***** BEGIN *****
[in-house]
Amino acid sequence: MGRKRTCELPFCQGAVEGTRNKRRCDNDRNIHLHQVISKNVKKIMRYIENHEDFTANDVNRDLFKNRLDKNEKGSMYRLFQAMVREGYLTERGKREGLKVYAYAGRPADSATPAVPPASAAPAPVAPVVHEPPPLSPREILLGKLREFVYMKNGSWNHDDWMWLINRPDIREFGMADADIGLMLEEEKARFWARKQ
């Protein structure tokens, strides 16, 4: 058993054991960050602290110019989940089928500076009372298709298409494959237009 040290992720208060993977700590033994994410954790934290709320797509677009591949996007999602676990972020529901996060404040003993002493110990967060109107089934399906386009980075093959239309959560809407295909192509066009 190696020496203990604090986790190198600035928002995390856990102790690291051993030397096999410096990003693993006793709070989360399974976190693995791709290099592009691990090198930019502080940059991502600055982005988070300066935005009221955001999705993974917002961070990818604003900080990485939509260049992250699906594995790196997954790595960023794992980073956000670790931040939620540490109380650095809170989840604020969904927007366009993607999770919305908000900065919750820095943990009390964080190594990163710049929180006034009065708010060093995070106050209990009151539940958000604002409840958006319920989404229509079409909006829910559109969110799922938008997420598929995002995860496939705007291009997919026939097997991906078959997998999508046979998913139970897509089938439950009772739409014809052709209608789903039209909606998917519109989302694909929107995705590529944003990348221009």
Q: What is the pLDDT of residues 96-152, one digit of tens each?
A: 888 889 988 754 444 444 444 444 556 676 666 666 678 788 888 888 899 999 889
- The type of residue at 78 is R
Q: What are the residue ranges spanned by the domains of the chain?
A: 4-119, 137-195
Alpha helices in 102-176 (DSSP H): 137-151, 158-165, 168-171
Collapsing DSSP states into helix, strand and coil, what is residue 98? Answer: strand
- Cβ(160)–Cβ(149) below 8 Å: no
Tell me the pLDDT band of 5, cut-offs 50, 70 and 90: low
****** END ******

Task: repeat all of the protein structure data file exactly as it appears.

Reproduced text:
[in-house]
Amino acid sequence: MGRKRTCELPFCQGAVEGTRNKRRCDNDRNIHLHQVISKNVKKIMRYIENHEDFTANDVNRDLFKNRLDKNEKGSMYRLFQAMVREGYLTERGKREGLKVYAYAGRPADSATPAVPPASAAPAPVAPVVHEPPPLSPREILLGKLREFVYMKNGSWNHDDWMWLINRPDIREFGMADADIGLMLEEEKARFWARKQ
């Protein structure tokens, strides 16, 4: 058993054991960050602290110019989940089928500076009372298709298409494959237009 040290992720208060993977700590033994994410954790934290709320797509677009591949996007999602676990972020529901996060404040003993002493110990967060109107089934399906386009980075093959239309959560809407295909192509066009 190696020496203990604090986790190198600035928002995390856990102790690291051993030397096999410096990003693993006793709070989360399974976190693995791709290099592009691990090198930019502080940059991502600055982005988070300066935005009221955001999705993974917002961070990818604003900080990485939509260049992250699906594995790196997954790595960023794992980073956000670790931040939620540490109380650095809170989840604020969904927007366009993607999770919305908000900065919750820095943990009390964080190594990163710049929180006034009065708010060093995070106050209990009151539940958000604002409840958006319920989404229509079409909006829910559109969110799922938008997420598929995002995860496939705007291009997919026939097997991906078959997998999508046979998913139970897509089938439950009772739409014809052709209608789903039209909606998917519109989302694909929107995705590529944003990348221009």
Q: What is the pLDDT of residues 96-152, one digit of tens each?
A: 888 889 988 754 444 444 444 444 556 676 666 666 678 788 888 888 899 999 889
- The type of residue at 78 is R
Q: What are the residue ranges spanned by the domains of the chain?
A: 4-119, 137-195
Alpha helices in 102-176 (DSSP H): 137-151, 158-165, 168-171
Collapsing DSSP states into helix, strand and coil, what is residue 98? Answer: strand
- Cβ(160)–Cβ(149) below 8 Å: no
Tell me the pLDDT band of 5, cut-offs 50, 70 and 90: low